Several real-life sports figures appeared as themselves in the picture, including Glenn "Pop" Warner, for whom pee-wee football leagues are named. And the film contains actual newsreel footage of Notre Dame football games. It is also one of only two movies to be filmed on the university campus. The other was Rudy (1993).
In 1997, Knute Rockne All American was chosen by the National Film Preservation Board to be one of the movies preserved in the Library of Congress National Film Registry.
Director: Lloyd Bacon
Producers: Hal B. Wallis, Robert Fellows
Screenplay: Robert Buckner
Cinematography: Tony Gaudio
Editing: Ralph Dawson
Art Direction: Robert Haas
Original Music: Heinz Roemheld (uncredited)
Cast: Pat O'Brien (Knute Rockne), Gale Page (Bonnie Skiles Rockne), Ronald Reagan (George Gipp), Donald Crisp (Father Callahan).
BW-99m. Closed captioning.
by Rob Nixon
Knute Rockne-All American - Knute Rockne, All American
Ronald Reagan, 1911-2004 - TCM Remembers Ronald Reagan
Ronald Reagan, the actor turned elected official whose fascinating career saw him develop as a contract player for Warner Brothers studios, to a politician who fulfilled his ambitions by becoming the 40th President of the United States, died at his home in Los Angeles on June 5 after a long battle with Alzheimer's disease. He was 93.
He was born Ronald Wilson Reagan on February 6, 1911 in Tampico, Illinois to John and Nelle Reagan. When Reagan was nine, his family settled down in the small community of Dixon, about 100 miles west of Chicago. After high school, Reagan enrolled in Eureka College, a small Christian school near Peoria. He graduated in 1932 with a degree in Economics, and pursued a career in broadcasting. His first gig was as a part-time announcer at WOC in Davenport, Iowa. Within a year, WOC had merged with its big-sister station, WHO in Des Moines, and Reagan was hired as a sports announcer.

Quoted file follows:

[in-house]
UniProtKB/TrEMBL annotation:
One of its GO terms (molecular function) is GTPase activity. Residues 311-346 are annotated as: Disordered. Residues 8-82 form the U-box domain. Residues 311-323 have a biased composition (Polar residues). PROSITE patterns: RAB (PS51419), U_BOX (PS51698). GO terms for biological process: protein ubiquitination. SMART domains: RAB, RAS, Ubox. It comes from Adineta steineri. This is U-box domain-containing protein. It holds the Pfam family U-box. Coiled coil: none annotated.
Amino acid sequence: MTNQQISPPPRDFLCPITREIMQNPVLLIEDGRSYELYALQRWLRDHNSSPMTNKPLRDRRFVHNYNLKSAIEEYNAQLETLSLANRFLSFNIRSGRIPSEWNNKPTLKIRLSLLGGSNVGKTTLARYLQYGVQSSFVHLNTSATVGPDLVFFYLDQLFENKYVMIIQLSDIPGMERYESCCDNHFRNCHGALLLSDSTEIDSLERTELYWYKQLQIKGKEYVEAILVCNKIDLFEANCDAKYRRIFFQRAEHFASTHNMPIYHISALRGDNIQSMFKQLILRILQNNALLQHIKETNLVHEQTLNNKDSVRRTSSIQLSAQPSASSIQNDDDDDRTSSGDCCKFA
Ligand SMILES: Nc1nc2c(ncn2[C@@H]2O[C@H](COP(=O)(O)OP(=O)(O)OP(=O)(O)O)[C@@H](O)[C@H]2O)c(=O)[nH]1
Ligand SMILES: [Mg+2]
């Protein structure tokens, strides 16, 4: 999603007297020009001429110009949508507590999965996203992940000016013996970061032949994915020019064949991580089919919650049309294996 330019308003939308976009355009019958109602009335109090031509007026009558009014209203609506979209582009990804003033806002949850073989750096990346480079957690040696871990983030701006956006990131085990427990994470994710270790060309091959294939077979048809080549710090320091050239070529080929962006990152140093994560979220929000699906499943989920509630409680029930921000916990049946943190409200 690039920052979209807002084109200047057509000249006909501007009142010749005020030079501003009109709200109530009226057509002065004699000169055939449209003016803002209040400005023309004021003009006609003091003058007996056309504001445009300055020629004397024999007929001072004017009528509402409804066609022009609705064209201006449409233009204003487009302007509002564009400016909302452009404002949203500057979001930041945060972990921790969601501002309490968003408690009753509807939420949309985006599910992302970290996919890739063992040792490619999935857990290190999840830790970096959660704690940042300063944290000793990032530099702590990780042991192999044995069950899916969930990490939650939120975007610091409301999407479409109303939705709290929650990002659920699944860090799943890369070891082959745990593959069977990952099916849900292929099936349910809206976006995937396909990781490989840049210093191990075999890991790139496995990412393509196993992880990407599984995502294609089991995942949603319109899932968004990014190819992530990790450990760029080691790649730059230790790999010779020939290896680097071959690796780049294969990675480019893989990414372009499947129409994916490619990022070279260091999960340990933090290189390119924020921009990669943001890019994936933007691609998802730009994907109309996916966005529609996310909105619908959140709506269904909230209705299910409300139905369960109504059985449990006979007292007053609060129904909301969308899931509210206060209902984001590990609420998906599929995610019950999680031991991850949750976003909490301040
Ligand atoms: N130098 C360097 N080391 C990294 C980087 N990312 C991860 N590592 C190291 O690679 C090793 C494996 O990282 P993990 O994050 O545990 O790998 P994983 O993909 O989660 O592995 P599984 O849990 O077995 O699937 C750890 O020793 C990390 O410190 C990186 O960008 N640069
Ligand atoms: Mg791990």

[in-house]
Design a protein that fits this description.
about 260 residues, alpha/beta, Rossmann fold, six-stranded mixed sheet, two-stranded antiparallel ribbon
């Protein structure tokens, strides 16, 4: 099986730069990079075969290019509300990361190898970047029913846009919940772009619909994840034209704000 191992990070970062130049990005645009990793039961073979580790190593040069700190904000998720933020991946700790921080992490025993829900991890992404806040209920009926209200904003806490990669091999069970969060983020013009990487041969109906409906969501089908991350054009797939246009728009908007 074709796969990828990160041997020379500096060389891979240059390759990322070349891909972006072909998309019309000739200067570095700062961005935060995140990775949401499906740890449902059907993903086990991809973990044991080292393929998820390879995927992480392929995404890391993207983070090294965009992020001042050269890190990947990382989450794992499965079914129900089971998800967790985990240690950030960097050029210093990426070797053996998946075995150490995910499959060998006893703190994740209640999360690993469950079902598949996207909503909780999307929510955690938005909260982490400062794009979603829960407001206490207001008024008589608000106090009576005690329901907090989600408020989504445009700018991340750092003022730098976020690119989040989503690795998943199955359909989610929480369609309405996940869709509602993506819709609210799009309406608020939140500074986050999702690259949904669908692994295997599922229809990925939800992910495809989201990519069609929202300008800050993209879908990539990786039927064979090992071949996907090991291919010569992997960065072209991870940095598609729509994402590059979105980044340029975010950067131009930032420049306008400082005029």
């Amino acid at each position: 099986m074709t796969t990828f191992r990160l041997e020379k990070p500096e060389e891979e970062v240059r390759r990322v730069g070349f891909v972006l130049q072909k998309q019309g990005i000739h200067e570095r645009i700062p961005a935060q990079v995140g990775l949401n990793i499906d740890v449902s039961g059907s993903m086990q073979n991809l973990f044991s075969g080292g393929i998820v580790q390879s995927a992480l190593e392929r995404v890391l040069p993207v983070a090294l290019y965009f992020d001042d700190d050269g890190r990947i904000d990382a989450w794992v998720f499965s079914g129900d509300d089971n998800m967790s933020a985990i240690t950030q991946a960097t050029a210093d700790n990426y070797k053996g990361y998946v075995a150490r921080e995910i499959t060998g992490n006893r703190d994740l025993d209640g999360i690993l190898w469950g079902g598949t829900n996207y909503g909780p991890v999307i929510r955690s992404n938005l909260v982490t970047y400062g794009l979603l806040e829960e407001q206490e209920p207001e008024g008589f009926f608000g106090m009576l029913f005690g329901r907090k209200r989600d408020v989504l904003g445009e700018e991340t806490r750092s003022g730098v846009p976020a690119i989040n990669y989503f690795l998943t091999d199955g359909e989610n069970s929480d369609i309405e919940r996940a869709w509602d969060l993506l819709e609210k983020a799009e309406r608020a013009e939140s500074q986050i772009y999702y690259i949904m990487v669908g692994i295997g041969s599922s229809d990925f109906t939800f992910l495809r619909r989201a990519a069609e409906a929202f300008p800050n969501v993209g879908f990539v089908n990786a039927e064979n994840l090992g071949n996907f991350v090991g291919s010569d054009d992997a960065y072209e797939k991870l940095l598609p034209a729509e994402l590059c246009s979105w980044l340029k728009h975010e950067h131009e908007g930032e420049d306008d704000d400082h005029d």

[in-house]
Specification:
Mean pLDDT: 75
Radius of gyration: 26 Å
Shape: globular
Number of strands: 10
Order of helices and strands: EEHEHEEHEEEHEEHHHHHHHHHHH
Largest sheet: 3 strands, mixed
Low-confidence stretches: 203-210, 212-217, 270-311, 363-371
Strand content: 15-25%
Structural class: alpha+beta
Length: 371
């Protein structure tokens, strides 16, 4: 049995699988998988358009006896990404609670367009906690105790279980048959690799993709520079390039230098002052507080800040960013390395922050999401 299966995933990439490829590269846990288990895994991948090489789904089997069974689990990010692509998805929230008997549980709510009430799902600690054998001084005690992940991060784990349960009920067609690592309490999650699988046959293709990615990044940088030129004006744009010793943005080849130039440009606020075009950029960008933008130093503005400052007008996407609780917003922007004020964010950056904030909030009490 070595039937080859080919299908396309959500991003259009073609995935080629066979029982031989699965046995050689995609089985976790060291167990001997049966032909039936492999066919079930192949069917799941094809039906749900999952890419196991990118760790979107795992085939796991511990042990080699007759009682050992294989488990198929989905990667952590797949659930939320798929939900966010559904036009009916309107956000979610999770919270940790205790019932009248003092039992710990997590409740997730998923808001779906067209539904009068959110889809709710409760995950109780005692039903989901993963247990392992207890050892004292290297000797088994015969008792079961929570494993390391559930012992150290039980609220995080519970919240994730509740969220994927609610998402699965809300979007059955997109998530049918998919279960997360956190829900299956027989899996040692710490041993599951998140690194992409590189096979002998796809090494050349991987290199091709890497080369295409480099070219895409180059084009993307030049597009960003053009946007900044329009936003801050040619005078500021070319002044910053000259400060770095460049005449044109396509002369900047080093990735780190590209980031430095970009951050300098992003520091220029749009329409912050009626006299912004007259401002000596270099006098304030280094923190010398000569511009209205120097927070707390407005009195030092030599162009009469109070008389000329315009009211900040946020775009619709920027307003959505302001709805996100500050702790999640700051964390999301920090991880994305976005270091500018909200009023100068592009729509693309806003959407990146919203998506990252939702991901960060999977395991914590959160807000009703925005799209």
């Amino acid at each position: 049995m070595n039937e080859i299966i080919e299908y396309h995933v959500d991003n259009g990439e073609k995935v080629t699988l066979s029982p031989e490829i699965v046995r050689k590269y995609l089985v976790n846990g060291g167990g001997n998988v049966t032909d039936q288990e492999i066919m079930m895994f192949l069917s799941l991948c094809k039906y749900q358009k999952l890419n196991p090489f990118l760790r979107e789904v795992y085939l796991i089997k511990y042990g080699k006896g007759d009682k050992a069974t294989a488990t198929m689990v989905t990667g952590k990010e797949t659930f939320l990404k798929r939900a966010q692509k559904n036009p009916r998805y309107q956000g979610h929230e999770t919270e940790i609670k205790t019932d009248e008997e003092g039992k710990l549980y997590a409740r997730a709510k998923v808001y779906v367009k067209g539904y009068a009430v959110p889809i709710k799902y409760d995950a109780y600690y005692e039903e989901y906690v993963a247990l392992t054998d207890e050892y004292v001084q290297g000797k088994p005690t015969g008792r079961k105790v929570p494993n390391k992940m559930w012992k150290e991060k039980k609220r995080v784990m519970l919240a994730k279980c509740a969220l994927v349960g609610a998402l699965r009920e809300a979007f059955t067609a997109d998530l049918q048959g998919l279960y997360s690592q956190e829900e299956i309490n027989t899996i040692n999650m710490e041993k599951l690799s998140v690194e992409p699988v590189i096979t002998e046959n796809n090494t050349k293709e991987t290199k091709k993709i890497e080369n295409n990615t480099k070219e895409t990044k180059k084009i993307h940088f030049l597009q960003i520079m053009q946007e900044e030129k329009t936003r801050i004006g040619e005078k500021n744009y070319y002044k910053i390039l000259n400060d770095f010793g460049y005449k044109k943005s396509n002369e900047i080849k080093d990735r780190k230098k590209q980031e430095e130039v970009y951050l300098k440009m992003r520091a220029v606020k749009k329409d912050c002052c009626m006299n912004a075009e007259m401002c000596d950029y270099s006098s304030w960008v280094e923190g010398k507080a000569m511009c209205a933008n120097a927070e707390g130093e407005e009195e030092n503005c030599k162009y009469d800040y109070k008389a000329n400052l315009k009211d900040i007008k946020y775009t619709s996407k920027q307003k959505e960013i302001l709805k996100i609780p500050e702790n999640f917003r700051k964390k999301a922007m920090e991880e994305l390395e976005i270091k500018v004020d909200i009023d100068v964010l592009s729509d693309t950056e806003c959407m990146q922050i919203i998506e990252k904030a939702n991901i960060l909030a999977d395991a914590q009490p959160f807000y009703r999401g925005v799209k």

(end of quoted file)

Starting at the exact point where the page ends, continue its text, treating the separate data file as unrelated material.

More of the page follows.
In the spring of 1937, Reagan drove to Southern California to catch the Chicago Cubs in spring training on Santa Catalina Island. While he was in California, he wrangled a screen test and signed a contract for $200 a week with Warner Brothers. His film debut was rather inauspicious; he portrayed a radio announcer in an innocuous comedy Love is on the Air (1937). He made a few more "B" programmers like Hollywood Hotel (also 1937), and Girls on Probation (1938), before getting his first prominent role opposite Bette Davis in the popular tearjerker, Dark Victory (1939).
Although he seldom got credit for being a good actor, there was no denying that Reagan held his own given the right material: Knute Rockne, All American as the doomed Notre Dame football hero George "The Gipper" Gipp, where he delivered the film's immortal line "Win one for the Gipper!"; Santa Fe Trail in which he ably supports Errol Flynn in one of the boxoffice hits of its era (both 1940); Kings Row (1941), featuring one of his finest performances as a small-town playboy whose legs are amputated by a careless surgeon; and Desperate Journey (1942) where he again supported Flynn in an exciting action picture.
Due to his poor eyesight, Reagan didn't see any action in World War II, so the studio heads assigned him to star in a series of patriotic films produced by the First Motion Picture Unit of the Army Air Forces in Culver City. Between 1942-45, Reagan starred in over 400 of these films. After the war, Reagan still found some good roles: The Voice of the Turtle (1947) proved he had a deft hand at light comedy opposite Eleanor Parker; The Hasty Heart (1949) offered another underrated performance as he ably portrayed the Yank in John Patrick's much heralded wartime play; and Storm Warning (1950) was a slick melodrama that cast Reagan as a crusading District Attorney determined to bring the KKK in a small southern town, with the help of Doris Day and Ginger Rogers!
It was around this time that Reagan became involved in politics. In 1947, he began a five-year term as president of the Screen Actors Guild (SAG), and testified in October of that year before the newly formed House Un-American Activities Committee (HUAC). He identified suspected Communists Larry Parks, Howard Da Silva and Alexander Knox, all of whom were subsequently called to testify, and subsequently blacklisted. Later records showed Reagan was so concerned about the Communist influence in Hollywood, that he became an FBI informer.
As Reagan became steeped in his political career, his parts throughout the '50s became inferior: the notorious Bedtime for Bonzo (1951); the coy "sex" comedy She's Working Her Way Through College (1952) that cast him as a college professor who romances a stripper! (Virginia Mayo); Cattle Queen of Montana (1955), a sluggish Western that even the redoubtable Barbara Stanwyck couldn't save; and finally Hellcats of the Navy (1957), a stodgy war picture that would be his only film that co-starred his wife Nancy (Davis).